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Wednesday, 23 December 2015

A new constitution rises!

We have hesitated to comment on the recent passing of the Constitution of Zambia (Amendment) Bill because the final document is not yet public. It awaits presidential ascent.

We do want to make it clear that this is a tremendous achievement for Zambia. The members of parliament are to be congratulated for achieving this impossible milestone.

Most importantly it is good to see that most all the clauses we consistently opposed in various incarnations of the draft constitution were removed. We especially note the following :

BILL OF RIGHTS - The NGOCC famously said, “The Bill of Rights is simply the core reason why a Constitution is needed”. That argument has never made any sense at all! A simple reading of the Bill of Rights section shows that many of them are impractical and unaffordable. There is also a legitimate question whether the constitution is a right place to have such rights!

LARGER PARLIAMENT - We always said that whilst we supported the idea of introducing some element of proportional representation, we felt that that parliament was large already, given our stage of development. We simply have no money for 130 more MPs on top of the existing 150. In any case the existing delimitation powers allows for increasing numbers of MPs where necessary.

FREEDOM OF INFORMATION (FOI) - we support increased access to information, after all that is what we are about. But we oppose using the constitution as the route to establishing a complex system of FOI. As we have repeatedly noted the economic case for an FOI regime in Zambia has not actually been made. It would have been shameful to include such provisions without proper technical debate.

NATIONAL BUDGET - the draft constitution said the National Budget must be passed by a two thirds majority. We think this is total folly. If the Executive is to function properly it needs control over fiscal policy. Having a two thirds majority almost makes it impossible for the party in government to govern. Therefore we are happy that the Bill has kept the current simple majority. We don't want American style “government shutdowns”.

PROVINCIAL ASSEMBLIES - the idea of provincial assemblies as originally proposed by civil society was totally misguided. It was not decentralisation. There was no elected provincial governors and no real fiscal autonomy. It was just a way for members of civil society and the political class to waste taxpayers money. We were wonderfully surprised to see MPs rejected that provision! Good riddance!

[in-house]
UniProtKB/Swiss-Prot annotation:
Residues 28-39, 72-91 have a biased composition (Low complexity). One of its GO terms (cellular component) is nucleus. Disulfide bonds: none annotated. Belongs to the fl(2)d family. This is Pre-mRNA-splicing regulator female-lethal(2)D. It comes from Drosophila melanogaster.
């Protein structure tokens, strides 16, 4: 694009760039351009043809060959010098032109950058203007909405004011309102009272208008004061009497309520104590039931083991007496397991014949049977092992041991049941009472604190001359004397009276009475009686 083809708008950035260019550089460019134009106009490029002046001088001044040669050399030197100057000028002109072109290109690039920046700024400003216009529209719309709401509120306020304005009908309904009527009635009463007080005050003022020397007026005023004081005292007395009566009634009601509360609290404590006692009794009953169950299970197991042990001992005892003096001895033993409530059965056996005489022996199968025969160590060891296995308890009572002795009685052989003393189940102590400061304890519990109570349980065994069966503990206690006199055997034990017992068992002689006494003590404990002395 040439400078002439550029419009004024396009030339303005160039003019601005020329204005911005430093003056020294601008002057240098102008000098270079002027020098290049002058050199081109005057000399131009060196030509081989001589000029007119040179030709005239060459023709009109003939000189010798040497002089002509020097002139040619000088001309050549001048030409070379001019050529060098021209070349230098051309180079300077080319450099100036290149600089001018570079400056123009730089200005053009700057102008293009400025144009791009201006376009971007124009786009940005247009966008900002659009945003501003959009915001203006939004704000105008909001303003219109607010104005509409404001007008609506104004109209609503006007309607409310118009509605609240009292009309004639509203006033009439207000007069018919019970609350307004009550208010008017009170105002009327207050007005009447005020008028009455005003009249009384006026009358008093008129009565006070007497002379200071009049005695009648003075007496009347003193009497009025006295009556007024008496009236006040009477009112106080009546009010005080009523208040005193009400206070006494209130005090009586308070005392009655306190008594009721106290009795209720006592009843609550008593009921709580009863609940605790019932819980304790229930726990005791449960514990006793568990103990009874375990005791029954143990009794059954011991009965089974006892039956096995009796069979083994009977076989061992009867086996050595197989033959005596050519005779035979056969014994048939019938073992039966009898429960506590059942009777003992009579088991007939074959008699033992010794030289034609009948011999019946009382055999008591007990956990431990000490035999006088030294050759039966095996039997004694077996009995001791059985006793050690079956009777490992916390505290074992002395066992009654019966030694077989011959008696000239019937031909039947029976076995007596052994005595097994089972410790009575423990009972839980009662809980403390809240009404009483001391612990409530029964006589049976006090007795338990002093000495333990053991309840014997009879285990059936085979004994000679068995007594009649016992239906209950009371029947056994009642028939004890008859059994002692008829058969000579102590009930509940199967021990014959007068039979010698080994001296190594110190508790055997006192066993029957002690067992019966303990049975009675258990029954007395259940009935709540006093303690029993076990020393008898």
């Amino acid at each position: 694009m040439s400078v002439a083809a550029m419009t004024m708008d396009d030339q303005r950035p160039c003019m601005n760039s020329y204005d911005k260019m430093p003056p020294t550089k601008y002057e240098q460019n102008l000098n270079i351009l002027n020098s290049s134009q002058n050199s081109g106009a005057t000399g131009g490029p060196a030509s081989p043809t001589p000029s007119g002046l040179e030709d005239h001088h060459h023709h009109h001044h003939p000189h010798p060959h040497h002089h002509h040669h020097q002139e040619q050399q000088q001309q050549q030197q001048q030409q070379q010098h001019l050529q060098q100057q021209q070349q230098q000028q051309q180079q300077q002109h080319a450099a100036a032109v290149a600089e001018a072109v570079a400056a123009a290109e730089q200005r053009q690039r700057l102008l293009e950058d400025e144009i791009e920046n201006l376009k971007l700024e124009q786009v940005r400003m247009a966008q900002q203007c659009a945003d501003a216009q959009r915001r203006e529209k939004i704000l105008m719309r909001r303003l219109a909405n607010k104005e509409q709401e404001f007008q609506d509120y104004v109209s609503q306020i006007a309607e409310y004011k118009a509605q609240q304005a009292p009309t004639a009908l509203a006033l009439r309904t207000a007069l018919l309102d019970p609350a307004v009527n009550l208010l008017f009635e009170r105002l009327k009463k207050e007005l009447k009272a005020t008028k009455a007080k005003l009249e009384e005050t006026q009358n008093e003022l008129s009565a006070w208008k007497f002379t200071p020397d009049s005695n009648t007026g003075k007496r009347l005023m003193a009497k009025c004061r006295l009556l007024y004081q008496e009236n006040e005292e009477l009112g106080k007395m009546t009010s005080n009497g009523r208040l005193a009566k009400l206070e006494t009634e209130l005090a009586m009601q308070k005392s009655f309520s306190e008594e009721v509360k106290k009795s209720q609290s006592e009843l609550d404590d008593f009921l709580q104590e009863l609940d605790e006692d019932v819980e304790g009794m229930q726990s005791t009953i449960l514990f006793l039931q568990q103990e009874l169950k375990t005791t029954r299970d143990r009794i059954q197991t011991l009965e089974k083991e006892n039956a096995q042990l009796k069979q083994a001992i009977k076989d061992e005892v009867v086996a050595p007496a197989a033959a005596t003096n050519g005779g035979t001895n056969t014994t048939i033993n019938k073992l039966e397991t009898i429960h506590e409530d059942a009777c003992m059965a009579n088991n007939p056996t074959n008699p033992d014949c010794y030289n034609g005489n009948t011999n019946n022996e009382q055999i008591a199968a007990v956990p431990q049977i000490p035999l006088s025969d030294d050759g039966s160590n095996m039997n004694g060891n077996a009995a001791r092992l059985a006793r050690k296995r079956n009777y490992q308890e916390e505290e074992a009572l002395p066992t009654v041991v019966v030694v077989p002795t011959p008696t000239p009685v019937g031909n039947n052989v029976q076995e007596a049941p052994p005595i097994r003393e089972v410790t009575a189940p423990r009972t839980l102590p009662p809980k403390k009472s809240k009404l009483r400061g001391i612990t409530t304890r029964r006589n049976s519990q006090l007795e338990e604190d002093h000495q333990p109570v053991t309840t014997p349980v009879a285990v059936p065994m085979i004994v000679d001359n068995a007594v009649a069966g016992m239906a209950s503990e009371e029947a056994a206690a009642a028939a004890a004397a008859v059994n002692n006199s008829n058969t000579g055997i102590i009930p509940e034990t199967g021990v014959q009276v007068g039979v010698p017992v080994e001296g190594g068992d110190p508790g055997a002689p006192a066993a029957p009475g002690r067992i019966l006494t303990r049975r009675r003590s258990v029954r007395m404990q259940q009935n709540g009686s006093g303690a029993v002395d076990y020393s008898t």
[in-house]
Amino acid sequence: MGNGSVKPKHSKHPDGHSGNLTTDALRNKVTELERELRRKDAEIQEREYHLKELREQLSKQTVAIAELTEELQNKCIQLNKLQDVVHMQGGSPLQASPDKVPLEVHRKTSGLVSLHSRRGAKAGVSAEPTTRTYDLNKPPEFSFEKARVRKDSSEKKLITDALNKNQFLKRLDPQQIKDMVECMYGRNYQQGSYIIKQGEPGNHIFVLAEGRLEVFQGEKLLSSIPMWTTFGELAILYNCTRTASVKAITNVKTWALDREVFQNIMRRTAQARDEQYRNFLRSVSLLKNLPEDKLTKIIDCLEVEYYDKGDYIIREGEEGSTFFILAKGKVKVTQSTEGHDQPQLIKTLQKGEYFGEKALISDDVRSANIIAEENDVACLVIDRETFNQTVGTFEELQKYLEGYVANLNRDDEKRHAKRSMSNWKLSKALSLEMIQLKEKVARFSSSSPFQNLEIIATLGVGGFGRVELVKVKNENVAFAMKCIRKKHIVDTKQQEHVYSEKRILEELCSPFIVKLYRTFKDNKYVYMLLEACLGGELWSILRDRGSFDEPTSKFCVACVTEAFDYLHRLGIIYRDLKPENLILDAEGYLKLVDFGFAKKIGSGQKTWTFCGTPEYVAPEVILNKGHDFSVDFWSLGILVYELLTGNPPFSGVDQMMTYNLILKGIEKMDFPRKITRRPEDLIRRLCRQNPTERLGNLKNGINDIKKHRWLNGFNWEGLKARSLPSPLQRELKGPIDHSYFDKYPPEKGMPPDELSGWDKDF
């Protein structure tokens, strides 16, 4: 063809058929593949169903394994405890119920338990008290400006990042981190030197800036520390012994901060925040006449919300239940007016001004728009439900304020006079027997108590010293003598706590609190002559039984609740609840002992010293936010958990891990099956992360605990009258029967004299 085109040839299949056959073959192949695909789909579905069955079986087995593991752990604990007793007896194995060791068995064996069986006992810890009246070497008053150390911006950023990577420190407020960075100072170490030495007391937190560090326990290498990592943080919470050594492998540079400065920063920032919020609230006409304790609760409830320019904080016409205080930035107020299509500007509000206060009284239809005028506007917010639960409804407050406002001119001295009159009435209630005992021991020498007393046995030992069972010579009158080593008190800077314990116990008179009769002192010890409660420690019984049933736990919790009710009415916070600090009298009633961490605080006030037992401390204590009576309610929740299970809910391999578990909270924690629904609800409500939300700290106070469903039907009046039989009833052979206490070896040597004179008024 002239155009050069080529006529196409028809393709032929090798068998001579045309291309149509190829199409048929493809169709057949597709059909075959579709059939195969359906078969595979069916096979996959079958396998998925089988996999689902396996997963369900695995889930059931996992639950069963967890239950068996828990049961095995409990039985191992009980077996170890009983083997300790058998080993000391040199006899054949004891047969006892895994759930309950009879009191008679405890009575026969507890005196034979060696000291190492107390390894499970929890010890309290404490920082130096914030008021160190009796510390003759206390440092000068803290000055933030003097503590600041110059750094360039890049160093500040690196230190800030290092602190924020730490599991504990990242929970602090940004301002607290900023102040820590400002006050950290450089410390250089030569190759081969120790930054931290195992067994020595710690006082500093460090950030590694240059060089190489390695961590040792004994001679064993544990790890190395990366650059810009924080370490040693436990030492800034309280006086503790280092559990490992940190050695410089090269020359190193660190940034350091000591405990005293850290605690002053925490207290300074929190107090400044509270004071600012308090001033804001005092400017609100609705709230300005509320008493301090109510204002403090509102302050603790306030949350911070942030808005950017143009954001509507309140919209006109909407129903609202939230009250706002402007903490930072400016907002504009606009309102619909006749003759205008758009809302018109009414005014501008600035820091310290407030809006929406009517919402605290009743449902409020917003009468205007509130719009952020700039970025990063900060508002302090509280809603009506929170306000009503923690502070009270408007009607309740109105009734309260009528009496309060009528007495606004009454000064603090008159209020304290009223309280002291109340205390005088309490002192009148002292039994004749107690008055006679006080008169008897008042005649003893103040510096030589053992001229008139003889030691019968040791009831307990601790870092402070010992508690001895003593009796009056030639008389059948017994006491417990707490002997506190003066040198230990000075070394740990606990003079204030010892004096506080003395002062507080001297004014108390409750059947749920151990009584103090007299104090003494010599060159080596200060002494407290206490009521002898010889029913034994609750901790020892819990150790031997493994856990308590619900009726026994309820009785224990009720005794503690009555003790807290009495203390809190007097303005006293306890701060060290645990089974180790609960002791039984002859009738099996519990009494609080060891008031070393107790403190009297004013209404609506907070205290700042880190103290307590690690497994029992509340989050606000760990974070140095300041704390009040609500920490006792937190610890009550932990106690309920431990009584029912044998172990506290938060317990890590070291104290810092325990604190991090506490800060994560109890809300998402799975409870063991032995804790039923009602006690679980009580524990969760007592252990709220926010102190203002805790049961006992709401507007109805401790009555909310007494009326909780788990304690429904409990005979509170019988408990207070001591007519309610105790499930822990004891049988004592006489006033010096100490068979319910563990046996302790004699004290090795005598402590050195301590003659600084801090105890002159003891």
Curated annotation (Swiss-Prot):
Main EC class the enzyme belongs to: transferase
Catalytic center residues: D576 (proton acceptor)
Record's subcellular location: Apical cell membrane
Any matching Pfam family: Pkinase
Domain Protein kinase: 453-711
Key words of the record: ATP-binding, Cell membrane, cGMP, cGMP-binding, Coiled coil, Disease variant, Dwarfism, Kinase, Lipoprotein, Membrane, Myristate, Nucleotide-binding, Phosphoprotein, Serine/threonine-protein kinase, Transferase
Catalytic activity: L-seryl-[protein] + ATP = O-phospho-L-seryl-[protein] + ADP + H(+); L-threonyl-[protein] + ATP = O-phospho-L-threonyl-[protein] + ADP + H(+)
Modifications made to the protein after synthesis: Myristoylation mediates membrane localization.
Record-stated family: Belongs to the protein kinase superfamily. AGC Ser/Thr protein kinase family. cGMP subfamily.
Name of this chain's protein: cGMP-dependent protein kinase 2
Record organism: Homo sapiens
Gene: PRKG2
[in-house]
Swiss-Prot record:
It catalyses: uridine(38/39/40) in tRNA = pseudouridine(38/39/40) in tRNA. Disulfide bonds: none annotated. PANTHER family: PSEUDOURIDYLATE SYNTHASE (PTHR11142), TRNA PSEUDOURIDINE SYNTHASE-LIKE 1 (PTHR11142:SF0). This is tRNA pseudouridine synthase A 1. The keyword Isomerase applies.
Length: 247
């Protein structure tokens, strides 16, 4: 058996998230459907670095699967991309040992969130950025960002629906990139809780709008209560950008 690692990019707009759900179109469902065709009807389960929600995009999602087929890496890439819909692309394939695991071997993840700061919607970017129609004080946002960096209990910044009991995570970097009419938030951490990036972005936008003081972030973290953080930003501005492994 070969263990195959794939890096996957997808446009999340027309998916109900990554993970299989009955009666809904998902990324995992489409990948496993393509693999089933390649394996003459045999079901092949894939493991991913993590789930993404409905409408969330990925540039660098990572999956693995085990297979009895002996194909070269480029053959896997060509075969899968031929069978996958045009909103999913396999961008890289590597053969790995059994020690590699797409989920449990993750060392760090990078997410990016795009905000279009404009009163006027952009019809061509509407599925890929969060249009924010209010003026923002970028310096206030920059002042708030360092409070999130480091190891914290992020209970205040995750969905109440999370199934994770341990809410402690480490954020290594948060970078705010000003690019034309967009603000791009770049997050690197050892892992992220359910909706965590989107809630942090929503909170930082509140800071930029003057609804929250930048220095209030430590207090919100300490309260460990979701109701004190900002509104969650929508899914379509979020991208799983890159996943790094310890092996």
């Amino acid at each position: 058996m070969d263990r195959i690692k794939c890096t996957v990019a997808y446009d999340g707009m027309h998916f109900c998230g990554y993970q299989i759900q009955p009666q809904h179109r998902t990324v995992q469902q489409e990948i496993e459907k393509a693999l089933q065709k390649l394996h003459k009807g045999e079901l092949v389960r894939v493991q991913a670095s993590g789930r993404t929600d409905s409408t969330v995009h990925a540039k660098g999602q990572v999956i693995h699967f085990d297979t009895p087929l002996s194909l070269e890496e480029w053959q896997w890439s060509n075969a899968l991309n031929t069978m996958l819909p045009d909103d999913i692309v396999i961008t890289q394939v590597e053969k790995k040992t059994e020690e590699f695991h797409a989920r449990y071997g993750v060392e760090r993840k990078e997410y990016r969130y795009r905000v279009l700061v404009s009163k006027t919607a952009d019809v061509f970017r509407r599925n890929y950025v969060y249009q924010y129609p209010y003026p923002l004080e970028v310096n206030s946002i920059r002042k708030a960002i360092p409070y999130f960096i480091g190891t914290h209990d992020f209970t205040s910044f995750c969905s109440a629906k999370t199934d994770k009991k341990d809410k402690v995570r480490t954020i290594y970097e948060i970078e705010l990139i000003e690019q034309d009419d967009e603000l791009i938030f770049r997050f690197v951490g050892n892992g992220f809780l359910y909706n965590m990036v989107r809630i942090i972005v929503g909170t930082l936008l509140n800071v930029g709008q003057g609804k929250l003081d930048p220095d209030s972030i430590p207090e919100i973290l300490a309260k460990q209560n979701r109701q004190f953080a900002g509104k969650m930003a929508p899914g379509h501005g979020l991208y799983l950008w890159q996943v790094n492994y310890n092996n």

There are things we think could have been done better. We have to see the precise wording before commenting. But some of the flaws are well known. For example, we continue to reject the public funding of political parties. We also favour a stronger form of 50%+1. We think the winner must not only cross 50% of the popular vote, but also win the majority of provinces.

We need to avoid the scenario that nearly happened in January 2015, where Hakainde Hichilema sought to govern Zambia by winning only three out of ten provinces. The strategy of increasing turnout in the three provinces was clever, but it is a very divisive political strategy. It is not consistent with our national motto : one Zambia, one Nation! We want candidates to have a real incentive to campaign in very corner of Zambia not just their village!

AUTHOR
Chola Mukanga Copyright © Zambian Economist 2015

5 comments:

  1. Your remarks on proportional representation should be considered further. One may have proportional representation in many ways and with any number of MPs.
    My country (Norway) got a system with proportional representation from each district (i.e. province in the Zambian setting) around 1920 and modified it so that it became a system with almost national proportional representation in the 1980-ies.
    Based on our well functioning system, I modelled a possible Zambian solution back in 2012. My suggestions are not published but can be found at http://www.vestvollen.no/litteratur.html. I discuss some alternatives but keep the number of MPs at 157.
    Thu, national proportional representation can be achieved without increasing the number of MPs.
    I have great sympathy with your wish to keep the size of the parliament and government.

    ReplyDelete
    Replies
    1. Gunnvald, we are scholars who need to learn more from you

      how can we reach you regarding constitutional issues ?

      Delete
  2. Gunnvald, your website does not work. Could you please check it?

    ReplyDelete
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    ReplyDelete
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